Making our industrial heritage work for the future, in the context of climate change


  • Miles Kenneth Oglethorpe TICCIH President and Head of Industrial Heritage, Historic Environment Scotland



industrial, heritage, sustainability


As Climate Change continues to drive major changes in policy and practice on a global scale, the role of industrial heritage is becoming increasingly important. There remains strong pressure from business interests to clear away the past and start again from a blank canvas, but now there are growing arguments for an alternative approach which re-cycles the carbon already invested in industrial buildings and structures and gives them a second life. There is also an increasing number of examples that demonstrate the power of industrial heritage to drive sustainable regeneration and re-vitalization schemes across the world. Significantly, this trend is not confined to the most attractive, aesthetically pleasing structures – a wide variety of industrial sites have been imaginatively adapted to a new life and in many cases have helped engineer a vibrant future for previously marginalised communities and areas.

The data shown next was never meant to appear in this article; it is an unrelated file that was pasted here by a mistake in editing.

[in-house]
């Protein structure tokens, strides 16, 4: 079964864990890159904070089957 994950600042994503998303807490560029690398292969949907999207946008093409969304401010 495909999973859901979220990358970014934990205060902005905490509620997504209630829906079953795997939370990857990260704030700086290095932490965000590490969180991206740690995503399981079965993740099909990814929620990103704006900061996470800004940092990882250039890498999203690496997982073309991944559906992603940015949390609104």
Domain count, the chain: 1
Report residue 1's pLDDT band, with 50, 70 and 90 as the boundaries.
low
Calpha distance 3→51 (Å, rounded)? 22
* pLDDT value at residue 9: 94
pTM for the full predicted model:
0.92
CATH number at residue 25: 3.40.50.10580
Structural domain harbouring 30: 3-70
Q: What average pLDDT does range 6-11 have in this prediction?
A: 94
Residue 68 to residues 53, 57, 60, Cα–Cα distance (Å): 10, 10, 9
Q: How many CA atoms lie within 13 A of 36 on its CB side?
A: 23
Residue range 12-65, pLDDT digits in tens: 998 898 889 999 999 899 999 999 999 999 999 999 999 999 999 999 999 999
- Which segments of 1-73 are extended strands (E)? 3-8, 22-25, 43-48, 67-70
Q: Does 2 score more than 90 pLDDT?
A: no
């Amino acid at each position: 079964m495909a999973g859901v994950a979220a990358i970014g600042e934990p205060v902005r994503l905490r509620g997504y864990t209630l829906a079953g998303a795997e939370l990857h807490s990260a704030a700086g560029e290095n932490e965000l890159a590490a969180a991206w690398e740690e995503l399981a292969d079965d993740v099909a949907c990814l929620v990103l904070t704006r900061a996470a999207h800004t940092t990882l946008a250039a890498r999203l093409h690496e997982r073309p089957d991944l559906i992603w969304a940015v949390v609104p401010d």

In Scotland, our national heritage body, Historic Environment Scotland, recently published it’s ‘Climate Action Strategy’. At its heart is the ambition to transform the challenge facing us from one in which our heritage is a victim, instead harnessing it and all its attributes in the battle against Climate Change. This paper will argue that industrial heritage is especially well placed to do this.


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